The Don and his sidekick may be at the center of the action, but when it comes to vocal treasures, the richer rewards go to the three women, and especially to the two "equally good female roles" of Donna Anna and Donna Elvira. While aspects of "a Seria" attach to both of them, it is Donna Anna who falls completely under that rubric. She is a seria character in a dual sense, an aristocratic type from opera seria but also unwaveringly "serious," even to an extent that lends her an uneasy presence in this dramma giocoso. She is single-minded in her quest to catch the perpetrator of the crimes against her house, and yet her music tells us that she is the most complex woman in this opera, or at least the one modern audiences are likely to view as the most realistic and psychologically credible. One of the impressive achievements of the Mozart–da Ponte operas is the extent to which they inject ambiguity into characterization, and in Don Giovanni, no character is more ambiguous than Donna Anna. In the olden days, commentators tended to view her as merely cold, and as recently as 1977 William Mann wrote, in The Operas of Mozart, "All men, to her, are beasts, and it would be beneficial to her personal growing-up if she had been pleasantly raped by Don Juan." This, one hopes, is not language that a responsible publisher would print today, just three and a half decades later. Still, its sentiments do not differ greatly from those of stage directors who would portray Donna Anna as complicit in her own attack — a woman whose protestations against Don Giovanni's departure are no more than the objections of someone unwilling to let her romantic partner slip away.
Certainly Donna Anna does seem traumatized, but to modern audiences, at least those acquainted with the horror of sexual assault through the ceaseless tape-loop of Law and Order: S.V.U., this seems understandable. In fact, it may strike us as remarkable that her expression covers as wide a territory as it does. The original version of Don Giovanni included two solo arias for each of the cast's three sopranos, and among them Donna Anna's are unparalleled in the vocal breadth they demand — not even considering the pathos of her non-aria scenes, which are filled with extreme emotional outbursts and infused with chromaticism that sounds practically avant-garde even today. One might accuse Mozart of having written a somewhat unintegrated vocal part for her, with the stentorian "Or sai chi l'onore," in brilliant D major, requiring a dramatic voice by Mozartean standards, while "Non mi dir," in warmer F major, draws on a far more tender temperament. But "Non mi dir" travels considerable distance in its own right, its affective opening leading in the aria's second part to daunting coloratura requiring clearly articulated appoggiaturas (at "Forse un giorno il cielo ancora sentirà"), florid sixteenth-note runs and athletic leaps as wide as an eleventh. At least one later opera composer frowned on this extension of character in "Non mi dir": Hector Berlioz described the concluding Allegro section as "execrable vocalizing that Mozart, driven by some mysterious demon, had the misfortune to let fall from his pen … a series of high notes, with staccato runs, with cackling and jerky flourishes that lack even the merit of arousing applause."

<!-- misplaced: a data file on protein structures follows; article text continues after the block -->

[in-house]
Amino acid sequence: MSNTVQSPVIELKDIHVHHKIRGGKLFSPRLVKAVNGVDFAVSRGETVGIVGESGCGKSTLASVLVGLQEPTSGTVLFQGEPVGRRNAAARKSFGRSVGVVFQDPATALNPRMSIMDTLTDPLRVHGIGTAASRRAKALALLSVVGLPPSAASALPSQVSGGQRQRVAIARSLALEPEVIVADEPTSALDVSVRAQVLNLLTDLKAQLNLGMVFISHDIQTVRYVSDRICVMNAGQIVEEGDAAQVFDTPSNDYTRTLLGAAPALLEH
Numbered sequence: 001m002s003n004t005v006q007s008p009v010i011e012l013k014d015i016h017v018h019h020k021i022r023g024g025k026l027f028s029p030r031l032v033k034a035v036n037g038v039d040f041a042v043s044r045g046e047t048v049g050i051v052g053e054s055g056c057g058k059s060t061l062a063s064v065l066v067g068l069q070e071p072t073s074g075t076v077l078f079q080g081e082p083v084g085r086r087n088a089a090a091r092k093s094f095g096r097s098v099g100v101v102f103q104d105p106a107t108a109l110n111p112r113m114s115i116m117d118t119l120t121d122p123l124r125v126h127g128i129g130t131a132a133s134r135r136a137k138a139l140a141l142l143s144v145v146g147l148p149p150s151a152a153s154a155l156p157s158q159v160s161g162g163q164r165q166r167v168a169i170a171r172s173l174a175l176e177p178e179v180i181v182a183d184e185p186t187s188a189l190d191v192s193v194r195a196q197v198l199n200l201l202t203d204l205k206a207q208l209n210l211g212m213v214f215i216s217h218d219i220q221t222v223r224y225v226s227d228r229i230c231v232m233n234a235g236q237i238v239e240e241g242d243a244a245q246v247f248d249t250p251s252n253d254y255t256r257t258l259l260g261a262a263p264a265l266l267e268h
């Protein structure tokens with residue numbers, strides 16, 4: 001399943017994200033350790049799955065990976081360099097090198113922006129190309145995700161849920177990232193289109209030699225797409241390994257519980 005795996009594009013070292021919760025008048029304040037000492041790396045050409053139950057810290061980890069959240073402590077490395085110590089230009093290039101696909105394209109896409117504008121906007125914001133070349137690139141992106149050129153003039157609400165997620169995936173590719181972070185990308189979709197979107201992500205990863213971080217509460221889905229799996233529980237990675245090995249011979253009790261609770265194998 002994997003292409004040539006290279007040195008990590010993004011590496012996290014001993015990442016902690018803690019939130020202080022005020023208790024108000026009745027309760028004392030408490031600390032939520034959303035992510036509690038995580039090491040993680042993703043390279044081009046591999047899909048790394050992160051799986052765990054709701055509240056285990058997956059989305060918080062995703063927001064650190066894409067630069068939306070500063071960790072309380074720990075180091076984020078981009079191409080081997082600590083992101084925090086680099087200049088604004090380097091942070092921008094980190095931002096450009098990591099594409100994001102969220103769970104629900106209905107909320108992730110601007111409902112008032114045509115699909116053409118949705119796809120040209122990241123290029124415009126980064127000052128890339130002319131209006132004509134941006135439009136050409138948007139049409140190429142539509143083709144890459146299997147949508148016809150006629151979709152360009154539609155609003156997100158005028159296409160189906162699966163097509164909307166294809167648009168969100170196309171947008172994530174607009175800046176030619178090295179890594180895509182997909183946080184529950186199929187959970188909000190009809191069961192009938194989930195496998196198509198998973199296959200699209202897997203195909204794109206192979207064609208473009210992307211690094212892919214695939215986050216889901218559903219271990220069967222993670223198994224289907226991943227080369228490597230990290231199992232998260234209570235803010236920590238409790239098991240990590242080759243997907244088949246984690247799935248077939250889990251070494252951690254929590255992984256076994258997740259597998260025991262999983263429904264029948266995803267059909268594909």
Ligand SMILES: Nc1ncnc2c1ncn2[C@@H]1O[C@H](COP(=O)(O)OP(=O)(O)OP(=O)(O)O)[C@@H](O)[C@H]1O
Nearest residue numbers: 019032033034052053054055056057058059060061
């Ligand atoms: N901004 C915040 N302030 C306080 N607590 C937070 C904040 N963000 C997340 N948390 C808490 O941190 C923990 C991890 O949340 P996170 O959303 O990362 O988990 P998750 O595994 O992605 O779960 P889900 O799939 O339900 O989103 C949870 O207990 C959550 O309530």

Mariusz Kwiecien as the Don in Michael Grandage's new Don Giovanni production at the Met
© Beth Bergman 2012
Times have changed. The passage assuredly arouses applause in most performances today; and furthermore, the role, which was formerly viewed as the province of sopranos whose capacities also led them to big Verdi and Puccini roles — Zinka Milanov or Leontyne Price, for example — now tends to be assigned to singers who stop short of full-throttle spinto repertoire. The difficulty of the part is not lessened by its considerable intervallic range and its relatively high tessitura, which often places the voice between D and F on the top end of the treble staff. Whether this is in itself a challenge for a singer depends on the individual, but it would be a burden for many larger-voiced sopranos, whose comfort zone may typically lie just a bit lower, and for whom a change of register may inhabit precisely that area of the vocal range.